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article imageFederal Judge Finds U.S. Healthcare Reform Constitutional

By Joy Lutes     Oct 8, 2010 in Politics
Washington - On Thursday, a federal judge in the state of Michigan ruled that the new American healthcare reform legislation is constitutional.
The plaintiffs in the case asserted that the statue compelling individuals to purchase a healthcare policy or else pay a tax penalty was not covered by the U.S. Constitution’s Commerce Clause empowering Congress with the authority to regulate interstate commerce. Federal Judge George Caram Steeh did not agree and ruled that the regulation fell within Congressional bounds.
Thursday’s decision marks the first such case to be ruled against rather than dismissed. Still pending are several cases questioning the constitutionality of the law. Among the most notable is a suit filed in Virginia federal court in which a judge is scheduled to hear oral arguments regarding a motion to dismiss the case on October 18 and a suit in a Florida federal court that was filed by 20 states.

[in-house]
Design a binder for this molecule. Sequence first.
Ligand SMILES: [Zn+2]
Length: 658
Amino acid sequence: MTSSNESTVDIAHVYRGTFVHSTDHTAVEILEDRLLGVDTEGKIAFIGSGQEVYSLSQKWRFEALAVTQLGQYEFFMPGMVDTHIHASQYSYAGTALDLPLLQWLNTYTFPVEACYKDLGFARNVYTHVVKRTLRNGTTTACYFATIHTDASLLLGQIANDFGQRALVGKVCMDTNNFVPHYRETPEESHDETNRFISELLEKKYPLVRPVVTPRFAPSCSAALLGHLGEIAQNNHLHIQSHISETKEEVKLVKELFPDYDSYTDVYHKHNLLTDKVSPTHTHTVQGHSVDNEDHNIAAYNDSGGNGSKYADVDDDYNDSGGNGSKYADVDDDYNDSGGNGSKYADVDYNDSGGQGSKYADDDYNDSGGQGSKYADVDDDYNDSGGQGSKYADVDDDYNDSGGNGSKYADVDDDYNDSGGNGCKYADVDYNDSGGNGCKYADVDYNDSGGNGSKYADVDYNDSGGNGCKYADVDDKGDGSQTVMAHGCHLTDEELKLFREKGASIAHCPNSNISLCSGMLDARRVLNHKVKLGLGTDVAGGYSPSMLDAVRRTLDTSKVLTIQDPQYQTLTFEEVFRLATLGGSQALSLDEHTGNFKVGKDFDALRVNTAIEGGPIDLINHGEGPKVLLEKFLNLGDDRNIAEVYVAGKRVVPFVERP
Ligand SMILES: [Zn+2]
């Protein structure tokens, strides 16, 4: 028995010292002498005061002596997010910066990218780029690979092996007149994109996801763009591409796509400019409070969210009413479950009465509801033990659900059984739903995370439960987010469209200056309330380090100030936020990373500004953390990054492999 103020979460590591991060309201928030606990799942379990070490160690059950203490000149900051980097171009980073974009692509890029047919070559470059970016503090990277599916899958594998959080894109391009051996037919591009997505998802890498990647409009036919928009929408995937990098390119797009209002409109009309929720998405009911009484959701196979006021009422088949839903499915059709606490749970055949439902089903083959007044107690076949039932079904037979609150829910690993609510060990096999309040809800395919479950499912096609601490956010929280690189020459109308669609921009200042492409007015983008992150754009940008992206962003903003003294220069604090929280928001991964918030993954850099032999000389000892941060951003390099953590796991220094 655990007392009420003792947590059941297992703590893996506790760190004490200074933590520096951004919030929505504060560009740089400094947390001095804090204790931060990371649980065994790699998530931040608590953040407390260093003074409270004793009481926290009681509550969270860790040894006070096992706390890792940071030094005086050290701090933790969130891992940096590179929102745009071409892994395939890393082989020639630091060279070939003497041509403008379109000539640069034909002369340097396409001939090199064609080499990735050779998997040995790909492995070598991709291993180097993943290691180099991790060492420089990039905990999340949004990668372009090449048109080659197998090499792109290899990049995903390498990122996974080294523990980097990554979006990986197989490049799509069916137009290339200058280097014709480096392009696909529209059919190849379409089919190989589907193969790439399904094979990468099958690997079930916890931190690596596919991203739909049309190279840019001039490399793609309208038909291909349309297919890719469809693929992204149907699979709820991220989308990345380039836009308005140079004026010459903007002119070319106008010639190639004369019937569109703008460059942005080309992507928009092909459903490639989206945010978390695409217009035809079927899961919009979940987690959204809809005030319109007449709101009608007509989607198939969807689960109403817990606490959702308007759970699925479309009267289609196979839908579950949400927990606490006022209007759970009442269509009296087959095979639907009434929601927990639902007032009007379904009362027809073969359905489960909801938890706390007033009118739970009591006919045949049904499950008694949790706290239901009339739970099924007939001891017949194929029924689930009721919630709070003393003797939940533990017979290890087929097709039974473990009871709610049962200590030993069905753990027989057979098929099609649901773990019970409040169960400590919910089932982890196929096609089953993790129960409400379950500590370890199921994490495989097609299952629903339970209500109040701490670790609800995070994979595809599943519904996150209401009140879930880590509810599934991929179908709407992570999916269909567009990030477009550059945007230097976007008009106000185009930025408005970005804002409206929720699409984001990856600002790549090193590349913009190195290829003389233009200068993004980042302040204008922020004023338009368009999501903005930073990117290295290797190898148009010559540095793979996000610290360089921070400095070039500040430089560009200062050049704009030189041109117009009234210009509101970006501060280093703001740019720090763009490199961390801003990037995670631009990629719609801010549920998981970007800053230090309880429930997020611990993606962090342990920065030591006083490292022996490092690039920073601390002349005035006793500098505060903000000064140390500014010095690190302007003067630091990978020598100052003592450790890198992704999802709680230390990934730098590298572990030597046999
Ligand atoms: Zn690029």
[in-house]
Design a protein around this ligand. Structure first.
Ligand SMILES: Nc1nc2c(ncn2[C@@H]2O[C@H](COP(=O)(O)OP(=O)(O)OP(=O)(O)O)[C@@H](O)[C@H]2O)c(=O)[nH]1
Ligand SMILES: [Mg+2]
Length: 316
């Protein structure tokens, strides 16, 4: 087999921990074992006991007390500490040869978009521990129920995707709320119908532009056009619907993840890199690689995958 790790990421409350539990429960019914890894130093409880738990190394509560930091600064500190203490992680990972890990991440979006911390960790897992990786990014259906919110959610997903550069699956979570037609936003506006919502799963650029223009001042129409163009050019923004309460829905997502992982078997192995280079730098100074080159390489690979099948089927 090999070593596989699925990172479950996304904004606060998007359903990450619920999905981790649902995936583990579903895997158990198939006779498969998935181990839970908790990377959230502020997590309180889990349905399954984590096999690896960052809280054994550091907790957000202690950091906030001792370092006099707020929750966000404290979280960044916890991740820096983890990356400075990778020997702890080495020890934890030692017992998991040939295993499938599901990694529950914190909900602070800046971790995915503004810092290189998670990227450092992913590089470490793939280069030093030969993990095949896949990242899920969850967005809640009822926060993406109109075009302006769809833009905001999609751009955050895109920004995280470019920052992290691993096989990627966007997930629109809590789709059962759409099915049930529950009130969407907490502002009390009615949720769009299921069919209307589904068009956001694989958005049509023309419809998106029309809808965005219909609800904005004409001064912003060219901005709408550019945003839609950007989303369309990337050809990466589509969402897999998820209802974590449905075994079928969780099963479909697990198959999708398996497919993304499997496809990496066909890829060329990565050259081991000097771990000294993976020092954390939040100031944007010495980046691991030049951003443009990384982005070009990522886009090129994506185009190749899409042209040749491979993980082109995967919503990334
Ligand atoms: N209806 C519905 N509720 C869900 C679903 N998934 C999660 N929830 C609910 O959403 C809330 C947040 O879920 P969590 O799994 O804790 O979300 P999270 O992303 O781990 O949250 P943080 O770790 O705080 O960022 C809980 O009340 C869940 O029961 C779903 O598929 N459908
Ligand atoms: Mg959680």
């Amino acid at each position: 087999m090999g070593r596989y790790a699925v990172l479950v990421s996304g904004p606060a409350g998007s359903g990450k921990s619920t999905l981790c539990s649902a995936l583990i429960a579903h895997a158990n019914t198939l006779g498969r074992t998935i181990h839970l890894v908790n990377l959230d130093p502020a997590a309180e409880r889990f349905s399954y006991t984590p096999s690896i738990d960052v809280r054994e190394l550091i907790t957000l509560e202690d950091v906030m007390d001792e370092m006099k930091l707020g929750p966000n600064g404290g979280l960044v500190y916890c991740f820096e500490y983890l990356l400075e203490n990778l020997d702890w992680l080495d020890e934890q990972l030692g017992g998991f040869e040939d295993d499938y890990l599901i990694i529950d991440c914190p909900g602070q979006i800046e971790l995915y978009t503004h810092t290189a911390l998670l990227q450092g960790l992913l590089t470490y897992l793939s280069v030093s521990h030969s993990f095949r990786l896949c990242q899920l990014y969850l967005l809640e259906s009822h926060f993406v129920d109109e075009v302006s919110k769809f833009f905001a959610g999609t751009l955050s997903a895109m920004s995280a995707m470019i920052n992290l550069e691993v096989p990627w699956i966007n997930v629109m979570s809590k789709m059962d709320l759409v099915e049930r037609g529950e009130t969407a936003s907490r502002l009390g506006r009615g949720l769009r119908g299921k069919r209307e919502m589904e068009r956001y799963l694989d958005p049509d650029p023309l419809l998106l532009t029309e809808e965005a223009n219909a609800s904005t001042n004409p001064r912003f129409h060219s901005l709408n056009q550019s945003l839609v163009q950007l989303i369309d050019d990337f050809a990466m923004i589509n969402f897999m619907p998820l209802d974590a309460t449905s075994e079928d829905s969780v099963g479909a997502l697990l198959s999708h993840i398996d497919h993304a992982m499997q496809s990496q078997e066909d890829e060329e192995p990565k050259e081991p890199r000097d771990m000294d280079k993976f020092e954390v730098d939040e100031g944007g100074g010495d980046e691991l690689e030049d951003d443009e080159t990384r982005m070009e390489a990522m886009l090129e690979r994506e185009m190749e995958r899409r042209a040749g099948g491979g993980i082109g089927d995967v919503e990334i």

While supporters of the law are celebrating the ruling, detractors are quick to point out the legal battle is not over. House Republican Conference Chairman Mike Pence (R-IN) predicted to WLS radio in Indiana that the case will end up in the highest court in the land, saying, “It's going to the Supreme Court, and the Supreme Court's going to decide whether or not the Constitution of the United States permits the government to order the American people to purchase goods or services, whether they want them or need them or not."
According to a Washington Post piece, the plaintiffs plan to appeal the ruling.
More about Healthcare reform, Mike pence, Federal judge george caram
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